Life has a way of getting away from us, in my case it took a near apocalypse to switch things up. I have been fortunate enough to be located in a place where we have been able to fish the entire time as long as social distancing is practiced. Let’s forget the politics in this and also assume that by the time this gets put up we won’t have an episode of the walking dead on our hands.
Instead take a minute to think about how you used this “extra” time that a majority of us have had over the last month. Believe it or not I had a plan for this, no I didn’t predict this mess, but I always wished I had more time to try new things and had a wish list of things to accomplish. While this is directed at my walleye fishing, where I’m going with this applies to just about anything that swims and has gills.
One of those things I had to accomplish was to get some fish in my fridge in case things really did get out of hand. I’ve made a conscious effort in the last few years to eat better and literally had a completely empty freezer. Despite fishing nearly 200 days in a normal year I usually only keep fish two or three days for myself. This was evident by the small traces of rust on my fillet knife.
Next I wanted to fish waters I never had before and with tactics I rarely if ever use. This also included spending most of this time casting and not trolling.
As a full time professional angler and owner of a guide service I have to produce each and every day. This leaves very little time for messing around and has caused me to feel like I have been in a rut when it comes to experimenting the last few years. I like to innovate and try to stay a few steps ahead, but it’s difficult to go cold turkey with tactics that are productive. This is especially the case when you have a camera or client at your feet, trust me!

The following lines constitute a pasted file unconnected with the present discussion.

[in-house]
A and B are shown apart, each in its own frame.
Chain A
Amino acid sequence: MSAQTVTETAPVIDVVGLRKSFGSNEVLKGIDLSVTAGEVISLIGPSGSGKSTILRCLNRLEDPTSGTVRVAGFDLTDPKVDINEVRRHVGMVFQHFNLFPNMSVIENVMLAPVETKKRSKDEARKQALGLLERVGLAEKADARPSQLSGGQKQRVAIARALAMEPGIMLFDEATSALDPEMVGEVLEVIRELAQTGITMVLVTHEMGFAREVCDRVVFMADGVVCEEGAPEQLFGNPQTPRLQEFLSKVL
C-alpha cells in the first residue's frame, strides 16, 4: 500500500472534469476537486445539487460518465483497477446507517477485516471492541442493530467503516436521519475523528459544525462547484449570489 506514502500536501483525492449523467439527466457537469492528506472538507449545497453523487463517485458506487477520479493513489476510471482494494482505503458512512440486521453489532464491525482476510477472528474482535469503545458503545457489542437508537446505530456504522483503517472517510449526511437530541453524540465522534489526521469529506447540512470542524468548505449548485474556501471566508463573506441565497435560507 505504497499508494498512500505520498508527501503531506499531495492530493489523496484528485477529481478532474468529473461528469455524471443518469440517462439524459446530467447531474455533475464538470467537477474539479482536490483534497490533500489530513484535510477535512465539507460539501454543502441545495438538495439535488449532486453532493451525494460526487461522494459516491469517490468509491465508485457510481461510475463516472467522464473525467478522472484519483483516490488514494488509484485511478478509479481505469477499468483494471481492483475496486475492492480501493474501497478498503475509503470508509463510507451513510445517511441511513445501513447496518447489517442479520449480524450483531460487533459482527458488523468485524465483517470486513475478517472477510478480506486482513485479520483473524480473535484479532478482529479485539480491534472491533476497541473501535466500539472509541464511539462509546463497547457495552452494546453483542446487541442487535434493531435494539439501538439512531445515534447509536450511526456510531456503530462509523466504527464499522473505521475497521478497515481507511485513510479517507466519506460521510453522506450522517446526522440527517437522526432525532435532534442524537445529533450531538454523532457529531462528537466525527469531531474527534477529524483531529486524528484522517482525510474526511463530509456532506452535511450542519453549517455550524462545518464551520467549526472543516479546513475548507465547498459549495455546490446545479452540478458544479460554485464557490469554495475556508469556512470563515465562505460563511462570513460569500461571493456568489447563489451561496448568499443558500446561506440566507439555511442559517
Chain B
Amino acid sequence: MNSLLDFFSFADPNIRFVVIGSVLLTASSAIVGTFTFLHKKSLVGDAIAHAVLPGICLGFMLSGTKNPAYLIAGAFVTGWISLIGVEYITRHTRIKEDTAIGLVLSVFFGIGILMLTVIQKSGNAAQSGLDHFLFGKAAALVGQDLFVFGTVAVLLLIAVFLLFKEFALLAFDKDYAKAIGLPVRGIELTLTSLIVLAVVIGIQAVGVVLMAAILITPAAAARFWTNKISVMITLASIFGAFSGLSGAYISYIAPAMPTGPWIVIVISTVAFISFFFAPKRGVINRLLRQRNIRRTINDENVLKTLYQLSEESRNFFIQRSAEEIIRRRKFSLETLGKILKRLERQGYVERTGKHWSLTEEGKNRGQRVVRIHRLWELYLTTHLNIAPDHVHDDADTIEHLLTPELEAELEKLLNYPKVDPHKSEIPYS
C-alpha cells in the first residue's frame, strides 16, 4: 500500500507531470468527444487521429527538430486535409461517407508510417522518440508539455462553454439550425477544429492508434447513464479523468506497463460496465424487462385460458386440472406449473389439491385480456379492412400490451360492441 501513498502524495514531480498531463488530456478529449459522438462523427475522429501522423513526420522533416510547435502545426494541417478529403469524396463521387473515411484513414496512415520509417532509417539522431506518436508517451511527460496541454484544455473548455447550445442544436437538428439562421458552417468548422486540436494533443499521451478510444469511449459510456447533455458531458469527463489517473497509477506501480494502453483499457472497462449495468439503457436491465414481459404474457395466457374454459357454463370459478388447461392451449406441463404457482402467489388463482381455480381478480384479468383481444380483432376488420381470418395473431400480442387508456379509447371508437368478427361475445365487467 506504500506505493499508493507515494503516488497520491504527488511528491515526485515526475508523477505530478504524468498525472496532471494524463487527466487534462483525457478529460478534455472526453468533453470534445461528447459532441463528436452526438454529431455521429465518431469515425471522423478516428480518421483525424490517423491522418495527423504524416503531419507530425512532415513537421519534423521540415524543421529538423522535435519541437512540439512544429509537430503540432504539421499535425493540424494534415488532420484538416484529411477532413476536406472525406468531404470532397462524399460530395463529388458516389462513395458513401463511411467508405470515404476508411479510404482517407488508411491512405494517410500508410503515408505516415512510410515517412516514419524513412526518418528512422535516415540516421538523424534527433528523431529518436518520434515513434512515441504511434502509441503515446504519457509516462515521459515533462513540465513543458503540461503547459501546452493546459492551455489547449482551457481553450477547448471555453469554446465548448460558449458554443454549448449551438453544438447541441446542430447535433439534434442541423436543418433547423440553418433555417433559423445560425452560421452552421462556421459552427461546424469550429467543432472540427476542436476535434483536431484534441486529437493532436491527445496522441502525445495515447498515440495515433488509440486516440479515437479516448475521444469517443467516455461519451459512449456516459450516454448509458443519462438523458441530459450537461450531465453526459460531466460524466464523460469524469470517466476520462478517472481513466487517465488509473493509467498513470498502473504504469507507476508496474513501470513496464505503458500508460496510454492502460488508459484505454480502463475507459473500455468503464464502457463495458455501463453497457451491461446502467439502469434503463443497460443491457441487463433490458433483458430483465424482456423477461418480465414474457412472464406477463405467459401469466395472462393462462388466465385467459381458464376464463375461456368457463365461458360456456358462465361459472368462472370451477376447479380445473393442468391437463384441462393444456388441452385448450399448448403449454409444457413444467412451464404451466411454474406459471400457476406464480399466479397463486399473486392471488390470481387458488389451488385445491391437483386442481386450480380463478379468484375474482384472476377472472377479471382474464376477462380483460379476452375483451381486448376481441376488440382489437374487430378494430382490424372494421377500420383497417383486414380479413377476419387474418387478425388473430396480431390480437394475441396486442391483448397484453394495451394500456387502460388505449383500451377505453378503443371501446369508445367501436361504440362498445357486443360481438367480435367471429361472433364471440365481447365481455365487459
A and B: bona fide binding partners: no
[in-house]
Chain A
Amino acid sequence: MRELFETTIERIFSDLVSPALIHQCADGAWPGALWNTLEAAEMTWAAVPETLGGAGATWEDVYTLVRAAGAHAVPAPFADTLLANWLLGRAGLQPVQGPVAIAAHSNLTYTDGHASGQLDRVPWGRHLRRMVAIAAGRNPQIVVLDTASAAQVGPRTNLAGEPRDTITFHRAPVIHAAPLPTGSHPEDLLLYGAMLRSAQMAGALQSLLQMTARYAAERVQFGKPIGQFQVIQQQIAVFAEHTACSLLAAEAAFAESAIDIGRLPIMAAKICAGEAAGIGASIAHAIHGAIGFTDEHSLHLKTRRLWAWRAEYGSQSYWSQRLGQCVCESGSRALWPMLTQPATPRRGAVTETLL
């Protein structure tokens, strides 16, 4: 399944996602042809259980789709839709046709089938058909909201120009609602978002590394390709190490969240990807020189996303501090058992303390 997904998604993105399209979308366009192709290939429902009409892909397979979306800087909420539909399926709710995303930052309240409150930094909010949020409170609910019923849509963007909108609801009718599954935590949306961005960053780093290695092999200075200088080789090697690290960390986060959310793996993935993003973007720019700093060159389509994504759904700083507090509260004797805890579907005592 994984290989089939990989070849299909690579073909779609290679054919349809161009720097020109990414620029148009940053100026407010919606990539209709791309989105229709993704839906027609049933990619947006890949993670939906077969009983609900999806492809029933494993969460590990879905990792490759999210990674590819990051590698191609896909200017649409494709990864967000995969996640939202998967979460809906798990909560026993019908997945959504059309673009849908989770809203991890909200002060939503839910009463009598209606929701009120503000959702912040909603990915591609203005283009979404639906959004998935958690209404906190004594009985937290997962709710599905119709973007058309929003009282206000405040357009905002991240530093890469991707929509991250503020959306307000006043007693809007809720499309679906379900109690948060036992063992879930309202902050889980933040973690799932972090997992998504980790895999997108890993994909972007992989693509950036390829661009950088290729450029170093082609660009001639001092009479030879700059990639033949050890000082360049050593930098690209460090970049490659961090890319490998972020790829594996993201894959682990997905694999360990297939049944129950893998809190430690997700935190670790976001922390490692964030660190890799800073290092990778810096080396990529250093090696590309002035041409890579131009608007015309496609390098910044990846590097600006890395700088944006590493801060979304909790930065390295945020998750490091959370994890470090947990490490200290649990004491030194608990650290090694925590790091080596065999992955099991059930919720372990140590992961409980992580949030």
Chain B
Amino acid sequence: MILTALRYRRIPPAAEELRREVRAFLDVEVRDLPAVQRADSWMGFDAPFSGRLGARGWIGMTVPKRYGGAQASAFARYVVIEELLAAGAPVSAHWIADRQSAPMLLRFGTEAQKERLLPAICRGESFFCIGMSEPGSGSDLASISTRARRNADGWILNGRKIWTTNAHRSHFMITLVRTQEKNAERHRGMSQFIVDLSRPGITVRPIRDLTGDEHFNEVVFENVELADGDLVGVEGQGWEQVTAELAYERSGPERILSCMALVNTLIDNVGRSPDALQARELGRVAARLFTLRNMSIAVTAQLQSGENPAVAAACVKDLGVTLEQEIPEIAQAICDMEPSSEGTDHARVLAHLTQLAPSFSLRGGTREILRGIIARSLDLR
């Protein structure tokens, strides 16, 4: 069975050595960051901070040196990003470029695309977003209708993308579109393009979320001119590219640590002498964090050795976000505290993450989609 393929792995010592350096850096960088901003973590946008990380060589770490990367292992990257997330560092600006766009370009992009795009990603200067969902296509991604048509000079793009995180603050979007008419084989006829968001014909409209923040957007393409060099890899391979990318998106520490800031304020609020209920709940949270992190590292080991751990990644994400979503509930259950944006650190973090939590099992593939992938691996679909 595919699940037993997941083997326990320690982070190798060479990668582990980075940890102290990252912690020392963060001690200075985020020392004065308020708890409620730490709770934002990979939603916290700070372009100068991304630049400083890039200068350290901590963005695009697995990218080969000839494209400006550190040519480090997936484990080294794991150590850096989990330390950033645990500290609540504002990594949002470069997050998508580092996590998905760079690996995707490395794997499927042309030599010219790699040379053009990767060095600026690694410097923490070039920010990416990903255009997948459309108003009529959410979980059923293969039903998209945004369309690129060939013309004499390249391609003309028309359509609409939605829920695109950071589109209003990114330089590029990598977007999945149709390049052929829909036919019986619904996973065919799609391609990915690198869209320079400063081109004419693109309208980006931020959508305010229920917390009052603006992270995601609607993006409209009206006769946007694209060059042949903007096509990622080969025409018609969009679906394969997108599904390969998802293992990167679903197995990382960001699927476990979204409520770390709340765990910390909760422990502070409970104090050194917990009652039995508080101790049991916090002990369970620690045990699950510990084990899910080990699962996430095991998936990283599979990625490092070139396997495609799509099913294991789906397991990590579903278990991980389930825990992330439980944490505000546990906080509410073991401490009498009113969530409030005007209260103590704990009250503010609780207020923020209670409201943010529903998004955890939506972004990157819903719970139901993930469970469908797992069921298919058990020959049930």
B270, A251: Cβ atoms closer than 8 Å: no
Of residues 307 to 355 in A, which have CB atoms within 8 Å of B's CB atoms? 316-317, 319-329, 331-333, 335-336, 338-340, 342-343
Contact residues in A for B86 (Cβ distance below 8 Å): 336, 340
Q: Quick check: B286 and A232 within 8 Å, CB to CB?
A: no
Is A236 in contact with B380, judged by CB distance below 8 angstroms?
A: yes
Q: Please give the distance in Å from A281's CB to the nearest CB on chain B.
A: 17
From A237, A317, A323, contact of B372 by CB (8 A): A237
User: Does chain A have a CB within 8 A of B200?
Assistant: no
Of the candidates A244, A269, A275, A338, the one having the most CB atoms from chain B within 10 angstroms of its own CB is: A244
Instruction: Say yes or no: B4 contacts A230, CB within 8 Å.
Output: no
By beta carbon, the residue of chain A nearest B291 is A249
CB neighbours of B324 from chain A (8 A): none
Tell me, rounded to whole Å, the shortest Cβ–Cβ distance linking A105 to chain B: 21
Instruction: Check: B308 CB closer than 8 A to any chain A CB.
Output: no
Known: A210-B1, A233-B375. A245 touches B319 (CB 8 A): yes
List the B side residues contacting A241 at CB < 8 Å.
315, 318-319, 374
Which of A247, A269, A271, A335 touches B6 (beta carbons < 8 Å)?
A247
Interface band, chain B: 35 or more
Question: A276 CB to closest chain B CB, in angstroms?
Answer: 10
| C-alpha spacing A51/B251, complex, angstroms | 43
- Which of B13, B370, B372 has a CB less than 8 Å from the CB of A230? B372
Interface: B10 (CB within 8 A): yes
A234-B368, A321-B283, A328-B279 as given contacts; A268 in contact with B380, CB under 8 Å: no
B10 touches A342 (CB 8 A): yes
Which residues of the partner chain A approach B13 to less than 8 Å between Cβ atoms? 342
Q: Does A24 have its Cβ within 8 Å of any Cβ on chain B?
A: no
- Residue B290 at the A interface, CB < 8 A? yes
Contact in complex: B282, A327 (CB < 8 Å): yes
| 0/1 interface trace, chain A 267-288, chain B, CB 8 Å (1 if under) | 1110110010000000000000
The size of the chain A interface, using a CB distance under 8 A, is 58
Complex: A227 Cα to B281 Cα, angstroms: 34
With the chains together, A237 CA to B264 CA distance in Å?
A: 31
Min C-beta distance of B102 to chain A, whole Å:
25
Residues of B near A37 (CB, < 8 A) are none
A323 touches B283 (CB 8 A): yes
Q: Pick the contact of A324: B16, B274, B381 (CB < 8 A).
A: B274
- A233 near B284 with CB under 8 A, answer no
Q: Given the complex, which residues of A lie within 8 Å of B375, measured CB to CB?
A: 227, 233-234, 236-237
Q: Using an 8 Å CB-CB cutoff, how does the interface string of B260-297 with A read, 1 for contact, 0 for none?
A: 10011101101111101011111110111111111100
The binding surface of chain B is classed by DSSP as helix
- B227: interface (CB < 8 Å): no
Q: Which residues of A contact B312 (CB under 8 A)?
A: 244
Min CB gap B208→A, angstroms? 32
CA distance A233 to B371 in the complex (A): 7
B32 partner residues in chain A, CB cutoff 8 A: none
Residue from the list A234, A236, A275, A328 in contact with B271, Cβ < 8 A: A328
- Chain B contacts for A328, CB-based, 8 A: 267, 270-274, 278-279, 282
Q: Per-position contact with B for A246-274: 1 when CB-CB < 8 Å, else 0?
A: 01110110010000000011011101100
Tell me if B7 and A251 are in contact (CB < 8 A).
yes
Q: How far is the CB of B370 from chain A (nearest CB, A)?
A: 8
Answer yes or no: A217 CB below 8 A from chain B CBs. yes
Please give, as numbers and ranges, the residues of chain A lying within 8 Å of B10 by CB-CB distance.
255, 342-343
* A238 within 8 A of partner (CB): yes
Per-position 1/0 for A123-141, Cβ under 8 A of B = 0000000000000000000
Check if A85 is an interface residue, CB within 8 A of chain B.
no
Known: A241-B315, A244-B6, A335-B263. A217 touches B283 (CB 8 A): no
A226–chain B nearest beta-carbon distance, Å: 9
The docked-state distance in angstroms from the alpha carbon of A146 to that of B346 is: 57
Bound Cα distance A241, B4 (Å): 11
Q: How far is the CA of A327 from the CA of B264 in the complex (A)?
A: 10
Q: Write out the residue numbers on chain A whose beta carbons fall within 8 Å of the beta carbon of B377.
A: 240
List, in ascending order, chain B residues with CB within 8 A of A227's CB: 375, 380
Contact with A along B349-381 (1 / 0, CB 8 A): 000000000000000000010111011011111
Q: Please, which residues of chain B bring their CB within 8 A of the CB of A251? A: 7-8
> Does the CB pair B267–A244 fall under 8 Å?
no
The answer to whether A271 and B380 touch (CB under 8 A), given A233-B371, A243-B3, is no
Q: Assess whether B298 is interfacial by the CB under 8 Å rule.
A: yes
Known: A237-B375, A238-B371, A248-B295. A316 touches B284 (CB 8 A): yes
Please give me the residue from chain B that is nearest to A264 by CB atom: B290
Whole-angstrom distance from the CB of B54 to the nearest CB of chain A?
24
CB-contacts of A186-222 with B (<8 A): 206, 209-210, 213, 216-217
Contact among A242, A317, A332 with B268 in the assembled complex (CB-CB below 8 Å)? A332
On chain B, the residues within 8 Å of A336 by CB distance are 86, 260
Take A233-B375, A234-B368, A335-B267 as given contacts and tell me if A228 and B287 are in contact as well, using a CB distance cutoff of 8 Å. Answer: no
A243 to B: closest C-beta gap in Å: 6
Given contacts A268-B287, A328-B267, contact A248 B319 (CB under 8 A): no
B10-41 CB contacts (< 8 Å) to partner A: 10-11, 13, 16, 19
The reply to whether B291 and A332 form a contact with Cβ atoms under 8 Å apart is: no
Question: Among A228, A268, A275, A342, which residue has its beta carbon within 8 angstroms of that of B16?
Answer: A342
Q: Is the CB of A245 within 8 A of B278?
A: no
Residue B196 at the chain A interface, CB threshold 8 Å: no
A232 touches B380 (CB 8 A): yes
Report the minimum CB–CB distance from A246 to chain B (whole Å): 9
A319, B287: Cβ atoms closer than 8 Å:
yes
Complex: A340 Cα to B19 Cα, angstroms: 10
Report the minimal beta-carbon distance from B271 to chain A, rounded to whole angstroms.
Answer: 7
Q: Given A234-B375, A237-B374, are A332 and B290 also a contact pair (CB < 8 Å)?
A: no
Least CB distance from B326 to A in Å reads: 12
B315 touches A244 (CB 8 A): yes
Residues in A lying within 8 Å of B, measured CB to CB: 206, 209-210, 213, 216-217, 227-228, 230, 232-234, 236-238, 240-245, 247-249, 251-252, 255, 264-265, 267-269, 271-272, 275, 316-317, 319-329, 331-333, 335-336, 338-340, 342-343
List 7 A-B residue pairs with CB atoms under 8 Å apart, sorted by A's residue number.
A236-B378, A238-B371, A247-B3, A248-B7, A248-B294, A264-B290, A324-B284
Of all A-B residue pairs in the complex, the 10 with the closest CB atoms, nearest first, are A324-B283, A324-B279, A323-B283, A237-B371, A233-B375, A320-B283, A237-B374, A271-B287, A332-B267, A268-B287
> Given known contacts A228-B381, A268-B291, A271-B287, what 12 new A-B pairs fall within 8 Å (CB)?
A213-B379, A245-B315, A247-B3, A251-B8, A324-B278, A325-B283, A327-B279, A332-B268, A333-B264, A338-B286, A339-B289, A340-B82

In the early years of the PWT (Professional Walleye Trail) or FLW circuit a majority of the events were won by trolling. The last few years casting has made a comeback thanks to anglers tossing baits such as Rippin or Jigging raps on isolated targets such as small rock piles for overlooked fish.
To get too deep into a specific tactic is missing the point. I’ve spent better than two decades perfecting my craft and priding myself on knowing the islands, humps and bumps on the 11th largest freshwater body in the world. While I’d like to think I know it better than anyone, to think that anyone can live long enough to master it is, well… just foolish. Things seem to change faster than we as anglers can learn them, but those same frustrating factors is likely what makes it so addicting at the same time. To quote my longtime friend and dominate tournament angler Joe Okada, “No one can master it Ross, not even you.”
If there is one thing I have learned from doing hundreds of seminars it’s that I can’t leave you guys without giving you a tease or glimmer of hope on how to locate these seemingly ghost like fish and then make the damn things bite. For this you must forget a magic lure and realize if there is a magic bullet its technology. For years I have given “my secret” of marking fish at speeds in excess of 30mph with extreme accuracy only to get messages back from lots of anglers that they can’t find the video on my You Tube page. If you can’t find my transducer videos on you tube I’m starting to understand why you also can’t find fish, just saying.
Electronics are the new not so secret weapon. Side imaging has been taken to a new level thanks to Humminbird’s Mega units. I was fortunate enough to be able to get my hands on the new Mega 360 and all I can tell you is that equipment like this is going to change the way we fish.
It looks as if we are turning the corner soon and can get back to normal life, but take or make some time to fish new waters, try new things, you might just be surprised what it does for your fishing. One thing it does for most of us is help keep our sanity. Sometimes you learn what to do not because of success, but because of failure.